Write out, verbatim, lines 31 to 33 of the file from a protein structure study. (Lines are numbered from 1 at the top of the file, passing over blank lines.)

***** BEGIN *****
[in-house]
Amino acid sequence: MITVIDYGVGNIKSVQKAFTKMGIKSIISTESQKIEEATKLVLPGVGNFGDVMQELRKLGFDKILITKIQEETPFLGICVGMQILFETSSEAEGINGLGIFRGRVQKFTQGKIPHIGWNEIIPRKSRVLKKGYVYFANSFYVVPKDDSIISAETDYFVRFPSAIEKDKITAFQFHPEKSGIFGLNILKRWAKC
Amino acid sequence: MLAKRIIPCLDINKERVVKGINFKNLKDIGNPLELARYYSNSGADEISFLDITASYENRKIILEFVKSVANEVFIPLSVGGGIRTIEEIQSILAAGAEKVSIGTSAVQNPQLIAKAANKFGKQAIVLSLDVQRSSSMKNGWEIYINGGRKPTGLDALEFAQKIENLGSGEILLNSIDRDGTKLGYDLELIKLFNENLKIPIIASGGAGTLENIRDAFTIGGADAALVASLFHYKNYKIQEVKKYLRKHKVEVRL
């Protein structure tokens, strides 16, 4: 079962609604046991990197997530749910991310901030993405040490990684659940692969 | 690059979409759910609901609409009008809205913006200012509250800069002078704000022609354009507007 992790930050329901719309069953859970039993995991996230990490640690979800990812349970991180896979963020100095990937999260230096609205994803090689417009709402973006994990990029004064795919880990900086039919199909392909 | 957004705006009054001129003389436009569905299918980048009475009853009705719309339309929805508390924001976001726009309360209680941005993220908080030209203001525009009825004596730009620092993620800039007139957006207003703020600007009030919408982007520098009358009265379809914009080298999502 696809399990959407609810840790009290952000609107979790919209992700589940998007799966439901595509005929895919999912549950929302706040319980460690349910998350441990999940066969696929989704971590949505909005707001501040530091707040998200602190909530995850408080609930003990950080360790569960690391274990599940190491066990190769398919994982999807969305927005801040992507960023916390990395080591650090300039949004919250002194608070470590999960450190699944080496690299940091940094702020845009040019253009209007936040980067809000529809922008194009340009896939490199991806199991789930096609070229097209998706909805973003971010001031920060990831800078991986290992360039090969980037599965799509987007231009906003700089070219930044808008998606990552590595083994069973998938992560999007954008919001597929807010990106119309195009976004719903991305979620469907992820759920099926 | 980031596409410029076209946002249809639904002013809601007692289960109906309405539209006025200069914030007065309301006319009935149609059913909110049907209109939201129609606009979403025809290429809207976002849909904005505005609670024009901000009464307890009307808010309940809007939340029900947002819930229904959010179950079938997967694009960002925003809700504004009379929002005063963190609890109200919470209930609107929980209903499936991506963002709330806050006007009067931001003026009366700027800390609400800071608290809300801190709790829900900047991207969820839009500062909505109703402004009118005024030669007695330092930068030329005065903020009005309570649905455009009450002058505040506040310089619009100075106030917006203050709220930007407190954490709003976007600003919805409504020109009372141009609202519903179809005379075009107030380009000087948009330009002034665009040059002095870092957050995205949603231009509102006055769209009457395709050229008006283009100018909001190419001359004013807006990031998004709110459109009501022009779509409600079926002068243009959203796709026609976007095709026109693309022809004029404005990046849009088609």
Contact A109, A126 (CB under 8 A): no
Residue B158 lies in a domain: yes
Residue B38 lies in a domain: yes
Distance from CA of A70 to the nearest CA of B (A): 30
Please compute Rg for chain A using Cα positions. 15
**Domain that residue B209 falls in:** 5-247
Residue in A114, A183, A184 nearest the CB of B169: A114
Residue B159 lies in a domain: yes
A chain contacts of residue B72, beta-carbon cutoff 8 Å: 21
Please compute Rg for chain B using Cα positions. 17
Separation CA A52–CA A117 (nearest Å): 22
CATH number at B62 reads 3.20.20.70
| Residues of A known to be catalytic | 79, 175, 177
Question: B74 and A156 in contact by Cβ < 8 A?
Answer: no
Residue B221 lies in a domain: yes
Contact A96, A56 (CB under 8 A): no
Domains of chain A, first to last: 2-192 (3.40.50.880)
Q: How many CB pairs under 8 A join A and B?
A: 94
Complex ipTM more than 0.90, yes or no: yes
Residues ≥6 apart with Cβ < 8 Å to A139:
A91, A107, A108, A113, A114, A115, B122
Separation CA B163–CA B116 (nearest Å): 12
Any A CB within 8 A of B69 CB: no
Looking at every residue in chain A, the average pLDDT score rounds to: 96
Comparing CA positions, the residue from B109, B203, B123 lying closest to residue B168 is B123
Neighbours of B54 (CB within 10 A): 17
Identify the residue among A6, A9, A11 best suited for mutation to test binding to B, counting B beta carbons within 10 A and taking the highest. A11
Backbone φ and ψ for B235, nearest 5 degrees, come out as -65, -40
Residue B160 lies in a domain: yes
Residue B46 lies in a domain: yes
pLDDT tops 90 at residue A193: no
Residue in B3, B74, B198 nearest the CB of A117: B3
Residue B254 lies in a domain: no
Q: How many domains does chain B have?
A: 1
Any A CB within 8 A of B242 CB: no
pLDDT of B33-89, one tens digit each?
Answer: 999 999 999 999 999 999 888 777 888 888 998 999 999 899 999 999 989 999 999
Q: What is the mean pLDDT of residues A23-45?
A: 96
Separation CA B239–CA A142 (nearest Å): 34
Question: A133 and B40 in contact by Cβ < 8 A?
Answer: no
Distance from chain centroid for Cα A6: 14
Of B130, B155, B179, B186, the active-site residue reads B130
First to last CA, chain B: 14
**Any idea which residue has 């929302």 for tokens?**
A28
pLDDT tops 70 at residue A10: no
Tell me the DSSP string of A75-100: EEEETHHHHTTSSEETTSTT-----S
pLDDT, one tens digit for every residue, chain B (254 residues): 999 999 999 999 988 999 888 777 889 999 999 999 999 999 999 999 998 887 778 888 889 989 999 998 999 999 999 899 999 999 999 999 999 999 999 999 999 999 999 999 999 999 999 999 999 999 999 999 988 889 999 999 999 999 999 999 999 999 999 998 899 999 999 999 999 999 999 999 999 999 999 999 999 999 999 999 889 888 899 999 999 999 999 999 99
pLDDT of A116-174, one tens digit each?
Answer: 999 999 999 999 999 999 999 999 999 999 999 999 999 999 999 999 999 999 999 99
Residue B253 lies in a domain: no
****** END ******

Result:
Comparing CA positions, the residue from B109, B203, B123 lying closest to residue B168 is B123
Neighbours of B54 (CB within 10 A): 17
Identify the residue among A6, A9, A11 best suited for mutation to test binding to B, counting B beta carbons within 10 A and taking the highest. A11